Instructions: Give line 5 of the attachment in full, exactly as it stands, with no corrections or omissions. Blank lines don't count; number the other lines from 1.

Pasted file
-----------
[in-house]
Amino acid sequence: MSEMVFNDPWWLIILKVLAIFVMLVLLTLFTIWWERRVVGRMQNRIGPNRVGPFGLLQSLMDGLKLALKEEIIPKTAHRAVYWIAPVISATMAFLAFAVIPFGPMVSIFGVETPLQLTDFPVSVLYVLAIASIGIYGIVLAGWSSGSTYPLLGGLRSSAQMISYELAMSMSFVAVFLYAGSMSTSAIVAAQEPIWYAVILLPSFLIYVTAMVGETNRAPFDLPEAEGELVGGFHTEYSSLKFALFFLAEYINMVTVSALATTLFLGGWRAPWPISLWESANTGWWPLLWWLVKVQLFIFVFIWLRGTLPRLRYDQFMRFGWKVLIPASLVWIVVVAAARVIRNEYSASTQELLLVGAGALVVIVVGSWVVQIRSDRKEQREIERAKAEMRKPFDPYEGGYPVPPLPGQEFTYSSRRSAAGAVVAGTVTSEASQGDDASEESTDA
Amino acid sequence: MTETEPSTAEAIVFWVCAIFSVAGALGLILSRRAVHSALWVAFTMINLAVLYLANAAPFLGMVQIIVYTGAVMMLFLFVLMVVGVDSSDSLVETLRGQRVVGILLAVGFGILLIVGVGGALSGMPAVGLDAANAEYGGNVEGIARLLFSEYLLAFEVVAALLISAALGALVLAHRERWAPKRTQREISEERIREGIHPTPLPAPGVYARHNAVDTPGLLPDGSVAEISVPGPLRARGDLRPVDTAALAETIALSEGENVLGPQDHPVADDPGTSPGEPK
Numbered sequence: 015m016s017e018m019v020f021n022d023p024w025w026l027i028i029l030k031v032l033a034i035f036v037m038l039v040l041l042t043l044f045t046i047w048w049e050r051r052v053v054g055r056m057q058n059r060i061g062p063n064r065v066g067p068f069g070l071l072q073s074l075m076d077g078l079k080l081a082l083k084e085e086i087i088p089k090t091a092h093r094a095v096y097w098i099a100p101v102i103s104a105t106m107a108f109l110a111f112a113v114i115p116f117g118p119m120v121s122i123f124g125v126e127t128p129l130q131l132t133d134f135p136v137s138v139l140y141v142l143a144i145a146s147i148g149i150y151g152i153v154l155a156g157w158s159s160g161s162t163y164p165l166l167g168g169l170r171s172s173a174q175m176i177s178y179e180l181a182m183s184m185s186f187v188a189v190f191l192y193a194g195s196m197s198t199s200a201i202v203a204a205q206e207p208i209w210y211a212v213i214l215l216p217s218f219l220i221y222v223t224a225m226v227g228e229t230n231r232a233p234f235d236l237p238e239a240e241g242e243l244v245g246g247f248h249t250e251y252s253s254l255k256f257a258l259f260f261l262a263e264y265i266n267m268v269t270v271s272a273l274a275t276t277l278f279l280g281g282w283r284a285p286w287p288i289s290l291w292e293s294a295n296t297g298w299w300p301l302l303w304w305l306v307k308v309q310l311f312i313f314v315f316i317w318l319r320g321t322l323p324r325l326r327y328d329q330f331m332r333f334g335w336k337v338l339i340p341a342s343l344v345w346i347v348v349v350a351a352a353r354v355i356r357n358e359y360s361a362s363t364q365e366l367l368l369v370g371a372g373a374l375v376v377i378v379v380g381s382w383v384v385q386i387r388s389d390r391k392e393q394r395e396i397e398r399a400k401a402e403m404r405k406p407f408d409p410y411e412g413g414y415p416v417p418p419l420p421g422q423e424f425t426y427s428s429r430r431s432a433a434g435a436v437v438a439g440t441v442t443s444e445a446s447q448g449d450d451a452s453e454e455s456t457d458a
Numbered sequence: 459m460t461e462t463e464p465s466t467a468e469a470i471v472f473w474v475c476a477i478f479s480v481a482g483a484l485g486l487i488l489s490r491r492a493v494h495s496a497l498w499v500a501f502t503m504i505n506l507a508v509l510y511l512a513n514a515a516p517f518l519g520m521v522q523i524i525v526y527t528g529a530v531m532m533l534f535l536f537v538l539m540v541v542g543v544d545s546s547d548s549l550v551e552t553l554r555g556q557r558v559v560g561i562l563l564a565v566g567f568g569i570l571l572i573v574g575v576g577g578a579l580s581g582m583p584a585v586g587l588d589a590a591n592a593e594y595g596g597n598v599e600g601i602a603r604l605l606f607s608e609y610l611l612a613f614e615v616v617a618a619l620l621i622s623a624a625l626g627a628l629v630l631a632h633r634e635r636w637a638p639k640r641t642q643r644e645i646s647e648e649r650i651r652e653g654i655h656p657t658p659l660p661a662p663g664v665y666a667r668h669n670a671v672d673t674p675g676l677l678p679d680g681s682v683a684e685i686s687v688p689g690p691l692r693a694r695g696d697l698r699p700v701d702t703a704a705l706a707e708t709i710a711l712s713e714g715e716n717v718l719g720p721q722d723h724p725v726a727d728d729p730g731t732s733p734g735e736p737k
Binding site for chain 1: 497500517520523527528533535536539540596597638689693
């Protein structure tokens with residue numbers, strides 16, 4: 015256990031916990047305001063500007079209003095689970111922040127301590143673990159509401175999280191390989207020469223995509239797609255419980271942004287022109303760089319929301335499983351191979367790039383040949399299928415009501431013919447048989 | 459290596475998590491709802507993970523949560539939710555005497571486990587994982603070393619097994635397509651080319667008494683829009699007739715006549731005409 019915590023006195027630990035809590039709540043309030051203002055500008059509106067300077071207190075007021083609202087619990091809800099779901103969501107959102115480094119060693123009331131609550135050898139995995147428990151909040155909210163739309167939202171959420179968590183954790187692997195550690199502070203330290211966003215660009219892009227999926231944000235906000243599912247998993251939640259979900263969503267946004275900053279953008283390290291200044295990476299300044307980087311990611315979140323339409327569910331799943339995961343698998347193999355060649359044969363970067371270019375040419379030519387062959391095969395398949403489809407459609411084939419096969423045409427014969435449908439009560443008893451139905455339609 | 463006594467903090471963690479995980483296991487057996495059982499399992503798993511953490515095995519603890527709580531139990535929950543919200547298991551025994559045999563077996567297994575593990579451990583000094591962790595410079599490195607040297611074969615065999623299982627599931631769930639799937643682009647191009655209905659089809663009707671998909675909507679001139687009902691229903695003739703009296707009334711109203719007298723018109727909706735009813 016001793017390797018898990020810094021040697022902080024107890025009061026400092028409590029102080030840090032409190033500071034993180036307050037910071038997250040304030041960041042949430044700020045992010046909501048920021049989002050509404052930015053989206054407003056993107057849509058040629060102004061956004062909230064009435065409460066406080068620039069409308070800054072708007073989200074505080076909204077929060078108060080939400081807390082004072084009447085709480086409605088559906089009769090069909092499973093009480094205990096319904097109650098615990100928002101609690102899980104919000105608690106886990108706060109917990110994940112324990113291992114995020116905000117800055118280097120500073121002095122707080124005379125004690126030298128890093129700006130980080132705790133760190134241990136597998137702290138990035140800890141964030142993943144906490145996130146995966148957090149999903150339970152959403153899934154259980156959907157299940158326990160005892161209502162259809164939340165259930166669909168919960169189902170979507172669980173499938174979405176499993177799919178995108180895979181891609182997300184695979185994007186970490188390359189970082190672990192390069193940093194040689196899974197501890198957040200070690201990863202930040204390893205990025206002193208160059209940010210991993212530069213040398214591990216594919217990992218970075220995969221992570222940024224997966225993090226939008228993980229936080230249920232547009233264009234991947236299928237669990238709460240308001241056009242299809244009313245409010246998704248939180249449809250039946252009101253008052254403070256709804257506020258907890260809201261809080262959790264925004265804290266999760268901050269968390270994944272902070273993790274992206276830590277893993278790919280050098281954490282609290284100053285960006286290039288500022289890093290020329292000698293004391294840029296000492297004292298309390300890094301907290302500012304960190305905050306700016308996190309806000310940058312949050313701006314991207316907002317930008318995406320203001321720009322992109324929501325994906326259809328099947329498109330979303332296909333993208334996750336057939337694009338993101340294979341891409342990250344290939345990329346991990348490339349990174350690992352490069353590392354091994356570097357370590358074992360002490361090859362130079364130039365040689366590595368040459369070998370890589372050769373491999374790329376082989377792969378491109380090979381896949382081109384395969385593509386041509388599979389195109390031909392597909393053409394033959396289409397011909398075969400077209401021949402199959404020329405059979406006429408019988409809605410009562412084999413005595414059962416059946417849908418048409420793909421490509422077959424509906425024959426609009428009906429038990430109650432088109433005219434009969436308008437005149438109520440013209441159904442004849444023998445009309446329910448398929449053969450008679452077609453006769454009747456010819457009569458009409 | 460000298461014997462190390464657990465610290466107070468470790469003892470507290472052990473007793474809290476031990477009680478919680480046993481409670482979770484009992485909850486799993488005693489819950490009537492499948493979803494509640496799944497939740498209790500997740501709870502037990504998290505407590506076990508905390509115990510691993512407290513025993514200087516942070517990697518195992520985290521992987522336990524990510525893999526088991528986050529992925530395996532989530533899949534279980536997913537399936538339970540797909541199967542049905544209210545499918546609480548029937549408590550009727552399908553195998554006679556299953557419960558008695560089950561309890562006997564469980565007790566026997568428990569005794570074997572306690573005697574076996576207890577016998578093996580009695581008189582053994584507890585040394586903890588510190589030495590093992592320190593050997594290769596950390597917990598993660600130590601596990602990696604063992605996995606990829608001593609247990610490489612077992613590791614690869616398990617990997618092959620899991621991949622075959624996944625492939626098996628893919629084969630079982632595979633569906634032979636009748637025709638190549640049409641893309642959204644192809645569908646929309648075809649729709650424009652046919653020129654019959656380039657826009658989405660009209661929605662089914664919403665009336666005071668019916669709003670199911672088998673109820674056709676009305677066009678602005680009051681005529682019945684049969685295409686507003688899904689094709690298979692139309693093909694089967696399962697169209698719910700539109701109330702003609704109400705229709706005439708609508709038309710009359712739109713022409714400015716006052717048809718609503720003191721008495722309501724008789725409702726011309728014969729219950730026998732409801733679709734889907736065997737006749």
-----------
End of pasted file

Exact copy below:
Numbered sequence: 459m460t461e462t463e464p465s466t467a468e469a470i471v472f473w474v475c476a477i478f479s480v481a482g483a484l485g486l487i488l489s490r491r492a493v494h495s496a497l498w499v500a501f502t503m504i505n506l507a508v509l510y511l512a513n514a515a516p517f518l519g520m521v522q523i524i525v526y527t528g529a530v531m532m533l534f535l536f537v538l539m540v541v542g543v544d545s546s547d548s549l550v551e552t553l554r555g556q557r558v559v560g561i562l563l564a565v566g567f568g569i570l571l572i573v574g575v576g577g578a579l580s581g582m583p584a585v586g587l588d589a590a591n592a593e594y595g596g597n598v599e600g601i602a603r604l605l606f607s608e609y610l611l612a613f614e615v616v617a618a619l620l621i622s623a624a625l626g627a628l629v630l631a632h633r634e635r636w637a638p639k640r641t642q643r644e645i646s647e648e649r650i651r652e653g654i655h656p657t658p659l660p661a662p663g664v665y666a667r668h669n670a671v672d673t674p675g676l677l678p679d680g681s682v683a684e685i686s687v688p689g690p691l692r693a694r695g696d697l698r699p700v701d702t703a704a705l706a707e708t709i710a711l712s713e714g715e716n717v718l719g720p721q722d723h724p725v726a727d728d729p730g731t732s733p734g735e736p737k